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Antonio Oseguera Cervantes

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Antonio Oseguera Cervantes
Antonio-Oseguera-Cervantes.png
Born (1958-08-10) August 10, 1958 (age 59)
Aguililla, Michoacán, Mexico
Other names Tony Montana
Joel Mora Garibay
Employer Jalisco New Generation Cartel
Criminal status Imprisoned
Relatives Nemesio Oseguera Cervantes (brother)

Antonio Oseguera Cervantes (born August 20, 1958), commonly referred to by his alias Tony Montana, is a suspected Mexican drug lord and former high-ranking leader of the Jalisco New Generation Cartel (CJNG), a criminal group based in Jalisco. His brother is Nemesio Oseguera Cervantes (alias "El Mencho"), the leader of the CJNG and one of Mexico's most-wanted drug lords. In Mexico, he was formally charged in 2015 for drug trafficking and being in possession of military-exclusive firearms.

On December 3, 2015, Oseguera Cervantes was arrested while driving in Tlajomulco, Jalisco. He was imprisoned at the Federal Social Readaptation Center No. 11, a maximum-security prison in Sonora. The following year, the United States Department of the Treasury sanctioned him under the Foreign Narcotics Kingpin Designation Act for providing financial and material assistance to the CJNG.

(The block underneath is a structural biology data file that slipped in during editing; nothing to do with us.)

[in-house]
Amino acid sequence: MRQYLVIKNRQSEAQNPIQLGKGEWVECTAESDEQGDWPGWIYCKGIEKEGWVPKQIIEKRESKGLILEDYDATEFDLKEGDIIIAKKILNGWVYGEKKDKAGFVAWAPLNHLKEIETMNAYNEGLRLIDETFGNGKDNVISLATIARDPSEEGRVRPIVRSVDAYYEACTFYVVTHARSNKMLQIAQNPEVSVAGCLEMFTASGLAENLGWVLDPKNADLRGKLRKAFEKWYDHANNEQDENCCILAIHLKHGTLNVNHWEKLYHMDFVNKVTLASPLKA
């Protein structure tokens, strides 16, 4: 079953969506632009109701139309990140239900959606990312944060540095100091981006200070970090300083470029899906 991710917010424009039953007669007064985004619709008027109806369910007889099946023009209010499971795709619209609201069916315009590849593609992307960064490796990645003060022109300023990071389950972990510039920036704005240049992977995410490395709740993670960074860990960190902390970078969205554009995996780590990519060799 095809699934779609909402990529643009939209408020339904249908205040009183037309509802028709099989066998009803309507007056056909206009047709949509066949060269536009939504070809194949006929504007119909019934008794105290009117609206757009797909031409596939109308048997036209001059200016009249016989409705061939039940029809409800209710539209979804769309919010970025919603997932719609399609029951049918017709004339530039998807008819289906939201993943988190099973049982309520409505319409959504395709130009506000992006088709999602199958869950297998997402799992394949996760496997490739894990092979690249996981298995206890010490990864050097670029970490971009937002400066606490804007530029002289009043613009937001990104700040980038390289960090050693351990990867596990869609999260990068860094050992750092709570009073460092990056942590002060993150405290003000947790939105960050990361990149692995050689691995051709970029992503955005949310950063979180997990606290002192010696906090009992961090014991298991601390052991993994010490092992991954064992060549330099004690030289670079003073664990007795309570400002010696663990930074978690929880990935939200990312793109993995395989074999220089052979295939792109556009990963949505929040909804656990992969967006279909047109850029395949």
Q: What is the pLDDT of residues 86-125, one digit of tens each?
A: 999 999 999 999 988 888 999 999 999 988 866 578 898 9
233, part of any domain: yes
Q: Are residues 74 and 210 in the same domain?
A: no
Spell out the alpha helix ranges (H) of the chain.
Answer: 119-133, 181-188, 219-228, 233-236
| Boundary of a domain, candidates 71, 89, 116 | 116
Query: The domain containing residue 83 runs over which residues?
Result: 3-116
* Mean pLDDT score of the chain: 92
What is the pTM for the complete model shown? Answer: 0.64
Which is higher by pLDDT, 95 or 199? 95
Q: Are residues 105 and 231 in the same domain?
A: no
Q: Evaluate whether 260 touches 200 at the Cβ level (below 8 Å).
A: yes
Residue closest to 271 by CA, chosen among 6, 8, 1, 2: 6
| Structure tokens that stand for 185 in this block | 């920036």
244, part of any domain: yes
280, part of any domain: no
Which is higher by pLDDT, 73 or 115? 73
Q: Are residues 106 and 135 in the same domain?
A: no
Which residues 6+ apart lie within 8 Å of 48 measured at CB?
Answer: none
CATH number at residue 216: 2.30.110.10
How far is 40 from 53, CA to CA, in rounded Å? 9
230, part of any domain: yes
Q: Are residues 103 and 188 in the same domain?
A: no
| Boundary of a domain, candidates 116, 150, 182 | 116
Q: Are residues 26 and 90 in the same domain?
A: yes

Early life and career[edit]

Antonio Oseguera Cervantes was born on August 10, 1958, in Aguililla, Michoacán, Mexico.[1] He uses another formal name, Joel Mora Garibay,[2] and often goes by his alias "Tony Montana".[3] He reportedly has five brothers: Nemesio, Juan, Miguel, Marín, and Abraham.[4] His criminal background dates back to the 1990s. In 1996, Oseguera Cervantes was arrested for heroin charges in the U.S. and deported to Mexico, where he renewed his drug trafficking activities.[5] Several of his siblings were also accused of heroin distribution or other crimes in the U.S. that decade.[6][7] In 2001, Oseguera Cervantes was released from a prison in Mississippi after being convicted for property damage.[a][9]